The Trinidad awakening: West Indian literature of the nineteen-thirties

Front Cover
Greenwood Press, 1988 - Literary Criticism - 168 pages
0 Reviews
This is the first comprehensive history of the Trinidadian literature that paved the way for the emergence over the past forty years of many major West Indian literary works. Sander contends that the sporadic nature of literary output in the island before the late 1920s can be explained in part as the consequence of Trinidad's linguistic diversity and its rapidly changing patterns of settlement. Until 1797 Trinidad had been a Spanish colony, with a large proportion of French-speaking inhabitants, and it was not until the end of the nineteenth century that English became more widely spoken. The burst of creative activity in the late 1920s was related to the new ascendancy of English and the fact that the society had begun to resolve itself into well-defined racial, social, and economic groupings.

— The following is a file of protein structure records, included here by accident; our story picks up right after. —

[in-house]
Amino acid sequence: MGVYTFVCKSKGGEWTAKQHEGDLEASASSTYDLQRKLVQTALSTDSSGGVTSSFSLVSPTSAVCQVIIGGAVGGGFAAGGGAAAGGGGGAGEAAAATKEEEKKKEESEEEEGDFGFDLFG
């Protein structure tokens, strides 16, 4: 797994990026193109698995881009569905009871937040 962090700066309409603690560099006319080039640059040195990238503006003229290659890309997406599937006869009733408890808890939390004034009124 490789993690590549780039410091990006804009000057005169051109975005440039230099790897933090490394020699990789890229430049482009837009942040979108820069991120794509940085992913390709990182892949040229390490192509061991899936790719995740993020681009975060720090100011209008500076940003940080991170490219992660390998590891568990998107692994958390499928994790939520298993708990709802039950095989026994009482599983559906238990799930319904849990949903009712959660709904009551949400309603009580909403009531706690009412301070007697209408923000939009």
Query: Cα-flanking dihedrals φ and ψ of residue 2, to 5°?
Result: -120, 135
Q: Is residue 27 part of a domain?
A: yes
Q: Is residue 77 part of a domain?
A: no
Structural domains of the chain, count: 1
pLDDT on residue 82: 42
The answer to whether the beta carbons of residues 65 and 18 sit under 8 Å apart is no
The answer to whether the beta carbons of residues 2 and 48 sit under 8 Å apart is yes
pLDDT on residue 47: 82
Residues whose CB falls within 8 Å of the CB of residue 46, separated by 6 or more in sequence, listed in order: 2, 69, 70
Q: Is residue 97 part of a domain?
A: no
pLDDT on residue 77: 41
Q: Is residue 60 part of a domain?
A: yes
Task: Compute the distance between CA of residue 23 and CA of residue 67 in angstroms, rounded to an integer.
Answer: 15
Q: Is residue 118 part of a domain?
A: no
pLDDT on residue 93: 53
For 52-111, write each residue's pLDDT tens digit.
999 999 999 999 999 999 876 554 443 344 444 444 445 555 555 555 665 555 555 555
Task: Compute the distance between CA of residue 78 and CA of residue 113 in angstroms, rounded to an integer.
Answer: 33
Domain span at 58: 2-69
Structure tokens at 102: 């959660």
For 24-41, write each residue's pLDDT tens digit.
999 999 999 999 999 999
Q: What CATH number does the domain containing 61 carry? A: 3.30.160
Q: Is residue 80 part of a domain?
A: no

From inside the book

What people are saying - Write a review

We haven't found any reviews in the usual places.

Contents

Trinidad 19191938
13
Trinidad and The Beacon
27
The Short Fiction
47
Copyright

3 other sections not shown

Common terms and phrases

References to this book

All Book Search results »